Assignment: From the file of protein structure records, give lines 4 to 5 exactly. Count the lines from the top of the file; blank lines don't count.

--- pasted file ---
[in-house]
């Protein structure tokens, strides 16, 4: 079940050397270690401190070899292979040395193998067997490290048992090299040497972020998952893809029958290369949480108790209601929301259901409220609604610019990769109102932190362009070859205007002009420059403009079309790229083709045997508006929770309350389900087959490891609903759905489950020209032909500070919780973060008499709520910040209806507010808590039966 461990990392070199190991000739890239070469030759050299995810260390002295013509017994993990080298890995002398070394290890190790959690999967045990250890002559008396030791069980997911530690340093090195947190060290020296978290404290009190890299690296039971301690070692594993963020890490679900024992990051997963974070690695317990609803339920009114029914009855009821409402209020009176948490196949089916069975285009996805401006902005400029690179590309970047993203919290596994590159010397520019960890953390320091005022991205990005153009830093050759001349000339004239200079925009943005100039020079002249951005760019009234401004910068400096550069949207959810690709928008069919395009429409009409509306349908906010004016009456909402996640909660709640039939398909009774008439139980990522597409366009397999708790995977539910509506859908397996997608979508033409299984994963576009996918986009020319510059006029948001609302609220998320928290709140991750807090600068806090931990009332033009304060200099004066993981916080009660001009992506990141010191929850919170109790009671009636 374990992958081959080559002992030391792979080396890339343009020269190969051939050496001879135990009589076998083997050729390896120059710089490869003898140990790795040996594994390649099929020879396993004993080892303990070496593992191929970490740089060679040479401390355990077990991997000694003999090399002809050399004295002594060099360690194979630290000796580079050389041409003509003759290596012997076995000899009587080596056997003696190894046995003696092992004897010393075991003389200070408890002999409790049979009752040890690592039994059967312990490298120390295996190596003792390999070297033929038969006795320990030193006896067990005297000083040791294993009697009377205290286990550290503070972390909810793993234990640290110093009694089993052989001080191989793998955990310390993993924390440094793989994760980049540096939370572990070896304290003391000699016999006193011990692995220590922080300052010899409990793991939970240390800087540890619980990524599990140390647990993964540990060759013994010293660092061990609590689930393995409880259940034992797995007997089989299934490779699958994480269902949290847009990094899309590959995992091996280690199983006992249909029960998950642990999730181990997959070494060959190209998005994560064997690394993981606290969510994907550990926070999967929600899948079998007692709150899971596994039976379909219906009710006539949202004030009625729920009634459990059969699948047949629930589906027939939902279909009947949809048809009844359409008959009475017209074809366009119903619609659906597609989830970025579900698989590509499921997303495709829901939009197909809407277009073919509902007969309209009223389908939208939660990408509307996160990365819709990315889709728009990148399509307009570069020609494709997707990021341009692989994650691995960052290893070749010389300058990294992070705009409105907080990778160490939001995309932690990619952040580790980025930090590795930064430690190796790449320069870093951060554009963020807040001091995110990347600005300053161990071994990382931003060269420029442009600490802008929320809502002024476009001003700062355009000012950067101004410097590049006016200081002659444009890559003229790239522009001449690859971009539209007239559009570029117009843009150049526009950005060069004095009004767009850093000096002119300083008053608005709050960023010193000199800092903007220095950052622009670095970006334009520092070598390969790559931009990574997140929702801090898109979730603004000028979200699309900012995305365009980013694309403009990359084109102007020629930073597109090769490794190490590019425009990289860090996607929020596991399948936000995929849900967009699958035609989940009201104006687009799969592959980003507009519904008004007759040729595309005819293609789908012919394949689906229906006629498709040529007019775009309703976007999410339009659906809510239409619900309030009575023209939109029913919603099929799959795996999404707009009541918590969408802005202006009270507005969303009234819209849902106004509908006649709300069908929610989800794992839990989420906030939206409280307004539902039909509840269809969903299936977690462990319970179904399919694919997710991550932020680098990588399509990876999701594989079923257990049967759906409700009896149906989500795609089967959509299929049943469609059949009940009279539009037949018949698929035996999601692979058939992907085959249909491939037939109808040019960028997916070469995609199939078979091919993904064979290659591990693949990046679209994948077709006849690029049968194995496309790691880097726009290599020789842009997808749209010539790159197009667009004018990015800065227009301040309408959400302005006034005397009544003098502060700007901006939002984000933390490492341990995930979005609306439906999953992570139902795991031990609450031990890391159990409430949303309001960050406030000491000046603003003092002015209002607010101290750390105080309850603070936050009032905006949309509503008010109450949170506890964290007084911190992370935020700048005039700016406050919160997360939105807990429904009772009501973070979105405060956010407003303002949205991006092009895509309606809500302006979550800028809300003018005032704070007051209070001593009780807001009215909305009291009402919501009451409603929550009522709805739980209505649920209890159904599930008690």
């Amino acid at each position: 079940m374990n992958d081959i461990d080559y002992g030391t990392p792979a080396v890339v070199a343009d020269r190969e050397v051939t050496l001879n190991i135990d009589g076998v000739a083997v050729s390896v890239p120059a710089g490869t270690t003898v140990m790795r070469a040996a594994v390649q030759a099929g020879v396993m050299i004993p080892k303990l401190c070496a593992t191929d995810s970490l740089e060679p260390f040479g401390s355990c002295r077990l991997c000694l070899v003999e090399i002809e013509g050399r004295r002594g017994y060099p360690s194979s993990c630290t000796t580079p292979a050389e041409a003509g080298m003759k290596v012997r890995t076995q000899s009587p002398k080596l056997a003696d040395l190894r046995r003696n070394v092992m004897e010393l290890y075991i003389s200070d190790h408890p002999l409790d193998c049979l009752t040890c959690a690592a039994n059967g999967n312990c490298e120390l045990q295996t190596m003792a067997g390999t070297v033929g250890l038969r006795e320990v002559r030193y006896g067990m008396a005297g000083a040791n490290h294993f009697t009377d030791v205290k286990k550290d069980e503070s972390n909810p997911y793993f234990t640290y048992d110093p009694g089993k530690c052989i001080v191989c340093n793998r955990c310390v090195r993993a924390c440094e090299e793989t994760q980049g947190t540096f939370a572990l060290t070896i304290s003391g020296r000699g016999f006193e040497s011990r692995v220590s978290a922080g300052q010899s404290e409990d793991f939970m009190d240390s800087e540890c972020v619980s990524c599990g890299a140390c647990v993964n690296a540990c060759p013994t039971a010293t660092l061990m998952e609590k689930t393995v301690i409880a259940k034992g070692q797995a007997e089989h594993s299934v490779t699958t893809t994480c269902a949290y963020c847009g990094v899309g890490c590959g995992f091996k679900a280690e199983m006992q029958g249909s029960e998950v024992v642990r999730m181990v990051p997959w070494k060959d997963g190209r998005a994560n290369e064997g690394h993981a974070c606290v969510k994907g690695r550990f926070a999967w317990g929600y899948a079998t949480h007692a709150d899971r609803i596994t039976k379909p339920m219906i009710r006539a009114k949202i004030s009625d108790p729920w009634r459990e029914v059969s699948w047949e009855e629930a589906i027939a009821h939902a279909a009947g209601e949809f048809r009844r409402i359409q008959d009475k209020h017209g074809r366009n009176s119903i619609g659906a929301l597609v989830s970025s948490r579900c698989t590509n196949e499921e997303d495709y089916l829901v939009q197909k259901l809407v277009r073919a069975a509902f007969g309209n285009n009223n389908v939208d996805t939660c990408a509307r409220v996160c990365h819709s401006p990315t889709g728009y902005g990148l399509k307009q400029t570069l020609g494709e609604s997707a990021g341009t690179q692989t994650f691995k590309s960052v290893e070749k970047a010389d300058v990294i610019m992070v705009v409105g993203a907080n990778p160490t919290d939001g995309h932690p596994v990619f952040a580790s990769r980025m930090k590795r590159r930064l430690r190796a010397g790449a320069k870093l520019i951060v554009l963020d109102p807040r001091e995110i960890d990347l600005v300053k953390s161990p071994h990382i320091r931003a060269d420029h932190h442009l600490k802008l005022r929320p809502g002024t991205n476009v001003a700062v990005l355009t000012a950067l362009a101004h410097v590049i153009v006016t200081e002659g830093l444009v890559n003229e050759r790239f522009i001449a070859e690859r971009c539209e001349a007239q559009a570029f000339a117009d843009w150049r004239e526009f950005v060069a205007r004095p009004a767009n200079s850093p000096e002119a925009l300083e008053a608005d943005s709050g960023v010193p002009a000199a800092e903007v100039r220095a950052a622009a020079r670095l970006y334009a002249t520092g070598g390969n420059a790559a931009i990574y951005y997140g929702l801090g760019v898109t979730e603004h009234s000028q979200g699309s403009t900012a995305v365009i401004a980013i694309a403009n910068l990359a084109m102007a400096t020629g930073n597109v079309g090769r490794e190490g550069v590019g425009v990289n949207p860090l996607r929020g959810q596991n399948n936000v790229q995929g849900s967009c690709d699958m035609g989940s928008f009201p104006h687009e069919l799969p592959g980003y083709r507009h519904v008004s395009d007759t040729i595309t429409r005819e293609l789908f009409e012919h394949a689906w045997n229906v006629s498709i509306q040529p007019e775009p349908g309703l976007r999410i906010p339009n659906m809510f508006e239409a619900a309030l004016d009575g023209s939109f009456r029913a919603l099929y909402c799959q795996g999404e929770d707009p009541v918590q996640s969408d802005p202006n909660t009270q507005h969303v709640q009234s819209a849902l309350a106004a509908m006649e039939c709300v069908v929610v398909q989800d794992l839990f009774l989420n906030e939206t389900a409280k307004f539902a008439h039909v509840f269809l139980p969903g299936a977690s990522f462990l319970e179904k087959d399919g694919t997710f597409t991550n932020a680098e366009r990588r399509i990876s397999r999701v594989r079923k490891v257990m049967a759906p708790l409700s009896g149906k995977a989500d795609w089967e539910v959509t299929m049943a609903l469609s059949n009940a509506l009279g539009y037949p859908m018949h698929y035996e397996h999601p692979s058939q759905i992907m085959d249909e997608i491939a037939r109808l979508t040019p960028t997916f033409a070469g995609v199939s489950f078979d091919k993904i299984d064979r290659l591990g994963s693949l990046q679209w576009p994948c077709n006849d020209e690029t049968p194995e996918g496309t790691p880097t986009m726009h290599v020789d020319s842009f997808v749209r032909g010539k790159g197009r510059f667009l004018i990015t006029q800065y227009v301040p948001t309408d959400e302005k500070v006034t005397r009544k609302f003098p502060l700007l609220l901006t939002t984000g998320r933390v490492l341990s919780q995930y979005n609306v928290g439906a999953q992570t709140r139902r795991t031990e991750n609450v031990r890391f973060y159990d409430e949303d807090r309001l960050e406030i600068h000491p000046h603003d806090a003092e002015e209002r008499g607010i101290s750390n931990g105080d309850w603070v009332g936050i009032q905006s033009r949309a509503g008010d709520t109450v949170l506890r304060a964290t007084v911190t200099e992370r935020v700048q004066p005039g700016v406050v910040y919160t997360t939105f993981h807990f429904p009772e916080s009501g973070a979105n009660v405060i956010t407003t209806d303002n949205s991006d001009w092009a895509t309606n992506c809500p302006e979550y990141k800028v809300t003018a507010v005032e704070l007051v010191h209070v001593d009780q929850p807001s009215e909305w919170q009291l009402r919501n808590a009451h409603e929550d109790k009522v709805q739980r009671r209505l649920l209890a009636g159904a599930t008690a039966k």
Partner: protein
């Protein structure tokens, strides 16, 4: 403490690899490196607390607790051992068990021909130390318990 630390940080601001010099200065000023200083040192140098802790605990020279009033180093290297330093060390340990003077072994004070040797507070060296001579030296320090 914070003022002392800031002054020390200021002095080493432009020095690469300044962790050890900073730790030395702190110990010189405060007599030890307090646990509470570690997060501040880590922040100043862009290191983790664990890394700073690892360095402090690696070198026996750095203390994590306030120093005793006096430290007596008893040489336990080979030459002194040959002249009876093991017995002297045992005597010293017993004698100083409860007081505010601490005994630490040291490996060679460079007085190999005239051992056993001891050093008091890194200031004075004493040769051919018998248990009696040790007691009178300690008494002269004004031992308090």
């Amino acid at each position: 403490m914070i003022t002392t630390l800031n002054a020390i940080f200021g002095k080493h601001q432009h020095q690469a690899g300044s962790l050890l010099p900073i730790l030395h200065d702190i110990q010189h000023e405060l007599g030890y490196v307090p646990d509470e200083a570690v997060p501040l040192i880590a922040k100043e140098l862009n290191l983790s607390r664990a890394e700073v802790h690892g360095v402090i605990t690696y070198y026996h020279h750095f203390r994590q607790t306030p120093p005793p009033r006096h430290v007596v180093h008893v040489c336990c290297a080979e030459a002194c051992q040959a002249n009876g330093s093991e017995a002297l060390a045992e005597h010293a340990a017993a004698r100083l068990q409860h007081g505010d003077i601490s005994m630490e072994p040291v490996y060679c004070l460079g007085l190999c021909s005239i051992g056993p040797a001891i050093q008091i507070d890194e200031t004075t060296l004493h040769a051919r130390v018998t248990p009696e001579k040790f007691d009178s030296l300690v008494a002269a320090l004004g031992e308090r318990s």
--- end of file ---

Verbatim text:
Partner: protein
């Protein structure tokens, strides 16, 4: 403490690899490196607390607790051992068990021909130390318990 630390940080601001010099200065000023200083040192140098802790605990020279009033180093290297330093060390340990003077072994004070040797507070060296001579030296320090 914070003022002392800031002054020390200021002095080493432009020095690469300044962790050890900073730790030395702190110990010189405060007599030890307090646990509470570690997060501040880590922040100043862009290191983790664990890394700073690892360095402090690696070198026996750095203390994590306030120093005793006096430290007596008893040489336990080979030459002194040959002249009876093991017995002297045992005597010293017993004698100083409860007081505010601490005994630490040291490996060679460079007085190999005239051992056993001891050093008091890194200031004075004493040769051919018998248990009696040790007691009178300690008494002269004004031992308090």